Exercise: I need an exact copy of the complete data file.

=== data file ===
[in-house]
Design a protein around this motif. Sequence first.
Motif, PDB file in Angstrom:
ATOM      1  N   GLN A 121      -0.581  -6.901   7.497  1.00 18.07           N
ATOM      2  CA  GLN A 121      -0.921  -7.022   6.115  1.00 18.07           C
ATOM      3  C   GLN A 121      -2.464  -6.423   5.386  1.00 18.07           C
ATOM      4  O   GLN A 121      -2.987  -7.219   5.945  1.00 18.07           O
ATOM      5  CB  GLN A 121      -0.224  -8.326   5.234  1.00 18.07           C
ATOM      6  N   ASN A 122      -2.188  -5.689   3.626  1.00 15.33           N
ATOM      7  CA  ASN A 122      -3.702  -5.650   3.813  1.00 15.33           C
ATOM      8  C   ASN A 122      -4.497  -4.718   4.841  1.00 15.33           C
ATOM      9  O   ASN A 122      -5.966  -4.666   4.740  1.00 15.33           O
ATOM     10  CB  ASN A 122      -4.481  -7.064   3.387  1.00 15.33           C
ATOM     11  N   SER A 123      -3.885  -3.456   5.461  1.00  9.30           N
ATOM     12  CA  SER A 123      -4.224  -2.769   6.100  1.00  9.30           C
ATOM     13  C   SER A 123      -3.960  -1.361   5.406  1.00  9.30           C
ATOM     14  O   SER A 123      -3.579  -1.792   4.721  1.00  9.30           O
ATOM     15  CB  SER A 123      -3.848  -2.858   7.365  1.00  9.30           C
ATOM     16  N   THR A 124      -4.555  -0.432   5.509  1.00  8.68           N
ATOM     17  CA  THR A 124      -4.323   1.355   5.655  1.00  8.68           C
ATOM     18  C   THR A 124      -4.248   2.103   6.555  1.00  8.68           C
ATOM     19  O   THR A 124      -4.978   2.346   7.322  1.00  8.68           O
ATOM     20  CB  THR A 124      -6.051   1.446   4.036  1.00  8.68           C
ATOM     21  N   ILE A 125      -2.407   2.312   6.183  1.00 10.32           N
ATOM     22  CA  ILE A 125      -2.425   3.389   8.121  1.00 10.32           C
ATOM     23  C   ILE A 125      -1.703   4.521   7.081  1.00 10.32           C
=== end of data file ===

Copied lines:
[in-house]
Design a protein around this motif. Sequence first.
Motif, PDB file in Angstrom:
ATOM      1  N   GLN A 121      -0.581  -6.901   7.497  1.00 18.07           N
ATOM      2  CA  GLN A 121      -0.921  -7.022   6.115  1.00 18.07           C
ATOM      3  C   GLN A 121      -2.464  -6.423   5.386  1.00 18.07           C
ATOM      4  O   GLN A 121      -2.987  -7.219   5.945  1.00 18.07           O
ATOM      5  CB  GLN A 121      -0.224  -8.326   5.234  1.00 18.07           C
ATOM      6  N   ASN A 122      -2.188  -5.689   3.626  1.00 15.33           N
ATOM      7  CA  ASN A 122      -3.702  -5.650   3.813  1.00 15.33           C
ATOM      8  C   ASN A 122      -4.497  -4.718   4.841  1.00 15.33           C
ATOM      9  O   ASN A 122      -5.966  -4.666   4.740  1.00 15.33           O
ATOM     10  CB  ASN A 122      -4.481  -7.064   3.387  1.00 15.33           C
ATOM     11  N   SER A 123      -3.885  -3.456   5.461  1.00  9.30           N
ATOM     12  CA  SER A 123      -4.224  -2.769   6.100  1.00  9.30           C
ATOM     13  C   SER A 123      -3.960  -1.361   5.406  1.00  9.30           C
ATOM     14  O   SER A 123      -3.579  -1.792   4.721  1.00  9.30           O
ATOM     15  CB  SER A 123      -3.848  -2.858   7.365  1.00  9.30           C
ATOM     16  N   THR A 124      -4.555  -0.432   5.509  1.00  8.68           N
ATOM     17  CA  THR A 124      -4.323   1.355   5.655  1.00  8.68           C
ATOM     18  C   THR A 124      -4.248   2.103   6.555  1.00  8.68           C
ATOM     19  O   THR A 124      -4.978   2.346   7.322  1.00  8.68           O
ATOM     20  CB  THR A 124      -6.051   1.446   4.036  1.00  8.68           C
ATOM     21  N   ILE A 125      -2.407   2.312   6.183  1.00 10.32           N
ATOM     22  CA  ILE A 125      -2.425   3.389   8.121  1.00 10.32           C
ATOM     23  C   ILE A 125      -1.703   4.521   7.081  1.00 10.32           C